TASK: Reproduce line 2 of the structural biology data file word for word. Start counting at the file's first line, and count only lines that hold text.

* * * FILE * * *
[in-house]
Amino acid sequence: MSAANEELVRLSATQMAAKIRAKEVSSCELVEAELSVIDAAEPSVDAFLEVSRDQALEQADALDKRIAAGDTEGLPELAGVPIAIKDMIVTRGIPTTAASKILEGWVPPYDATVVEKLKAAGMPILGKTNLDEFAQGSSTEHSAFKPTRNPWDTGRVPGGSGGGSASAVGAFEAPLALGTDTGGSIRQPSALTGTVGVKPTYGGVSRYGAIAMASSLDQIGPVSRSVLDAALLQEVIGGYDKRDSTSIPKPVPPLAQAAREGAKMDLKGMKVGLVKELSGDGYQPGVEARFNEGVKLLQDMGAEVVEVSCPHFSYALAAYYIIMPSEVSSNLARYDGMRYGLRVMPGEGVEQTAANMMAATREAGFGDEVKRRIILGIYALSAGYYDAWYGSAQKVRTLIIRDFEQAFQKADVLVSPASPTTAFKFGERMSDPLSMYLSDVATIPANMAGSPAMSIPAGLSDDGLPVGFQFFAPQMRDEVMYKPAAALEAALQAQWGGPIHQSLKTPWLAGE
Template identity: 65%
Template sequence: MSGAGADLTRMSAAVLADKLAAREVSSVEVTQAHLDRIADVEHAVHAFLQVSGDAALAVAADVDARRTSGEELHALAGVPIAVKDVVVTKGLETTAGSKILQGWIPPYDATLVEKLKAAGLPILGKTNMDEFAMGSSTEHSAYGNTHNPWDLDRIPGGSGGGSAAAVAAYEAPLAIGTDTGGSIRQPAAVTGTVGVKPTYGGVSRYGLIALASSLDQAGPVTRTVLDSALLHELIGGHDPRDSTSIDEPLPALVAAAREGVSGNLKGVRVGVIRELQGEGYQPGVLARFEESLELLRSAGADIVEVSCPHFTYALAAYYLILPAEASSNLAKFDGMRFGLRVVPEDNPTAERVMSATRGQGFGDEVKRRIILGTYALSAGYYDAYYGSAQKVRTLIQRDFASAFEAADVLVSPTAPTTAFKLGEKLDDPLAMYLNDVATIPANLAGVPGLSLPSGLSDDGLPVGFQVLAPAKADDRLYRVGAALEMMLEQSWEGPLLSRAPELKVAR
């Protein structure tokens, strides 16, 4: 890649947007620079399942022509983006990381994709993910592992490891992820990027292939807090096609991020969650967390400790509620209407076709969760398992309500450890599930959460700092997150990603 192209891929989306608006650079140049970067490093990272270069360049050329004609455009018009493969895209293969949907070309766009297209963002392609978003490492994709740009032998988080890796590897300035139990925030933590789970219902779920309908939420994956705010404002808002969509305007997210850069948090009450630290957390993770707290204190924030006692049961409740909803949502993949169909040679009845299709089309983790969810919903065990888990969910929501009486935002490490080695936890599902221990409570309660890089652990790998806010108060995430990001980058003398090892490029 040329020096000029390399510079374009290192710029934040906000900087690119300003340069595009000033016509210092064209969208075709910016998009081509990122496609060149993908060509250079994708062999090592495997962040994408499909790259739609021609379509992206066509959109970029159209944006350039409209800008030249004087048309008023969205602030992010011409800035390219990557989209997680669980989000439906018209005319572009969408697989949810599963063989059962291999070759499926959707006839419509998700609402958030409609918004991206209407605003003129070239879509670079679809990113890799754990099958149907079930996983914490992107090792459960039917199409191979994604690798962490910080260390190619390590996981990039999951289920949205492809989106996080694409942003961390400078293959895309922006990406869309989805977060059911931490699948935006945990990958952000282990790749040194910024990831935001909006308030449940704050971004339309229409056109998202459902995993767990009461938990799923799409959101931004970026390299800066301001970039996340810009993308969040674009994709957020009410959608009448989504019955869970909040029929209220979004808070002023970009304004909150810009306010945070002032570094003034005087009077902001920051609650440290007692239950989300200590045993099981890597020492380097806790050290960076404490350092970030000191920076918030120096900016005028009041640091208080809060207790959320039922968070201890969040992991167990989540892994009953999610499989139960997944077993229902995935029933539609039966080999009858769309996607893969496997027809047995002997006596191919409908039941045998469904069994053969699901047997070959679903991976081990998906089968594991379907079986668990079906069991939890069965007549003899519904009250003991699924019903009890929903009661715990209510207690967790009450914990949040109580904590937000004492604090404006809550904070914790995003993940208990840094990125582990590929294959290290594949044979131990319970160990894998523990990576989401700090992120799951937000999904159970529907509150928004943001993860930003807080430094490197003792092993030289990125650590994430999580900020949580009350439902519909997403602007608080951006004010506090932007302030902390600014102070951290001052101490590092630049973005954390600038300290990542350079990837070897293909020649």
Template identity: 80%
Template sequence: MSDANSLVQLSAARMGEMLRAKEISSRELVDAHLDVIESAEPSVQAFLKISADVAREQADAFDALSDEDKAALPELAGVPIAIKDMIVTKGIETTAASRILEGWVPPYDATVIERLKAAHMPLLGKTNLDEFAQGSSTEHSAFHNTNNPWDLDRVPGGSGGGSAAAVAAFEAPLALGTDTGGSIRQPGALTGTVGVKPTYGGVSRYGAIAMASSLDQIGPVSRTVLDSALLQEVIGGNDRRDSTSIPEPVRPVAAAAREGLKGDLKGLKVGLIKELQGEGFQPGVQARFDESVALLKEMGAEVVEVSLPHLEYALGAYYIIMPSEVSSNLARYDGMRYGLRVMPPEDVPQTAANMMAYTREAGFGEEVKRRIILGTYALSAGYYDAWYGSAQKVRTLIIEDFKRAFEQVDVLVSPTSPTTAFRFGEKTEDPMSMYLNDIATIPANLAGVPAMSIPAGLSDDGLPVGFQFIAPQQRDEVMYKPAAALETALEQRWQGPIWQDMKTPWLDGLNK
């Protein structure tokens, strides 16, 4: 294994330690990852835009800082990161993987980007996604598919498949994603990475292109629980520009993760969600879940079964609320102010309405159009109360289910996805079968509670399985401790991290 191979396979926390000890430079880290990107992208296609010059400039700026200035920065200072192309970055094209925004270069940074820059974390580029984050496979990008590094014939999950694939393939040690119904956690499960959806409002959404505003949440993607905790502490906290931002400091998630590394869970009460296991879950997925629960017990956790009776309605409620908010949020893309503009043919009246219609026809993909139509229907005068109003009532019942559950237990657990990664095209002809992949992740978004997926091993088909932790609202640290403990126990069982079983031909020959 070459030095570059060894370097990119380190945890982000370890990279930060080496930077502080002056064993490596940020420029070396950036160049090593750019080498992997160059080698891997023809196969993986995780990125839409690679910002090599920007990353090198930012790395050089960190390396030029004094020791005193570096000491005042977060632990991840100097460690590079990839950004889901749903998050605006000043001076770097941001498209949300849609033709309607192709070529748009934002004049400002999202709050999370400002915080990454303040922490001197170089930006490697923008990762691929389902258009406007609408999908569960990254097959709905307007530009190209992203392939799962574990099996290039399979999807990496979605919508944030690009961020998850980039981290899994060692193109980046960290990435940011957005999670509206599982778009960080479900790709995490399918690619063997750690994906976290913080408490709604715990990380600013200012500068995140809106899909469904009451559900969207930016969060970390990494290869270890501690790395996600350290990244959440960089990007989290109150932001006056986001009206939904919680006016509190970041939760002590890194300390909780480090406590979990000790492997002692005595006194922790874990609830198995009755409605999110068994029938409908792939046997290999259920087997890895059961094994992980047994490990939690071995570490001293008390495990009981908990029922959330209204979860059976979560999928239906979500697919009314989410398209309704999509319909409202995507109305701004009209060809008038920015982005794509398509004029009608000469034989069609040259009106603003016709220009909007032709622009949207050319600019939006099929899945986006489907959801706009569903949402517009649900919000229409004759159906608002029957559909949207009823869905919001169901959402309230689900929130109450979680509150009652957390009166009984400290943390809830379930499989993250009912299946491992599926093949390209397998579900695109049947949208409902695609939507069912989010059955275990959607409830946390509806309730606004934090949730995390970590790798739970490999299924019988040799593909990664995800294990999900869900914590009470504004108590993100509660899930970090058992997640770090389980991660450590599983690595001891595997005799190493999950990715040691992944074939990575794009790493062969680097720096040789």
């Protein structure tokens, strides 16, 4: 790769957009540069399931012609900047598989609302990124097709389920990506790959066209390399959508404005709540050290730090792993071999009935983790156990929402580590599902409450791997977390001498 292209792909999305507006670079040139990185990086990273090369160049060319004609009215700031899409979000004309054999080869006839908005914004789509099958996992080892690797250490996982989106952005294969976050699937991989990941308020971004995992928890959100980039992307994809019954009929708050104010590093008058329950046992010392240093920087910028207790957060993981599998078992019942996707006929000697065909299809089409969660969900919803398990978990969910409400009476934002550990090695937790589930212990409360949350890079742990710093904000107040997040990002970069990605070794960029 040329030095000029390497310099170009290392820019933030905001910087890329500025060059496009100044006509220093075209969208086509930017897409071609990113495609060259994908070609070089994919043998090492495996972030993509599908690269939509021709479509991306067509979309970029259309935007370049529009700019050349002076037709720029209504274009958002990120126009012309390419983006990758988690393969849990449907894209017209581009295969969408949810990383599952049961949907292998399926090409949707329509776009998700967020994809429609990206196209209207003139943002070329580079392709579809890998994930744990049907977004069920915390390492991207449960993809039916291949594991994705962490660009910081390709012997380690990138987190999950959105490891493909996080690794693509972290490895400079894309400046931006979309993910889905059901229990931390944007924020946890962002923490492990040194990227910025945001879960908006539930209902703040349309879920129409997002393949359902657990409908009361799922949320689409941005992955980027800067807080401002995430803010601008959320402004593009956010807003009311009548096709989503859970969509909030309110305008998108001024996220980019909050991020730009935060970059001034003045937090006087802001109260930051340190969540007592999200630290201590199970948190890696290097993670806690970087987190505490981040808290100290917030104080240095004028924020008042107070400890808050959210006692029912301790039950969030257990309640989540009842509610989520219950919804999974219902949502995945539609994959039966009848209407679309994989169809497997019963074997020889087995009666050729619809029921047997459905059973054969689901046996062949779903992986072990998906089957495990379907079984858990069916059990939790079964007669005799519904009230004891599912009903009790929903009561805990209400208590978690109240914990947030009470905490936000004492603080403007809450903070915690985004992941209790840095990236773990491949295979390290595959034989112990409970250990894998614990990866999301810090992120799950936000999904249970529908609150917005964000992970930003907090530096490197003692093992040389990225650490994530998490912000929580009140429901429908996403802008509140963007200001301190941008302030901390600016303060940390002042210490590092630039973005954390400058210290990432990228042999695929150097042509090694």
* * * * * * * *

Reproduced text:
Amino acid sequence: MSAANEELVRLSATQMAAKIRAKEVSSCELVEAELSVIDAAEPSVDAFLEVSRDQALEQADALDKRIAAGDTEGLPELAGVPIAIKDMIVTRGIPTTAASKILEGWVPPYDATVVEKLKAAGMPILGKTNLDEFAQGSSTEHSAFKPTRNPWDTGRVPGGSGGGSASAVGAFEAPLALGTDTGGSIRQPSALTGTVGVKPTYGGVSRYGAIAMASSLDQIGPVSRSVLDAALLQEVIGGYDKRDSTSIPKPVPPLAQAAREGAKMDLKGMKVGLVKELSGDGYQPGVEARFNEGVKLLQDMGAEVVEVSCPHFSYALAAYYIIMPSEVSSNLARYDGMRYGLRVMPGEGVEQTAANMMAATREAGFGDEVKRRIILGIYALSAGYYDAWYGSAQKVRTLIIRDFEQAFQKADVLVSPASPTTAFKFGERMSDPLSMYLSDVATIPANMAGSPAMSIPAGLSDDGLPVGFQFFAPQMRDEVMYKPAAALEAALQAQWGGPIHQSLKTPWLAGE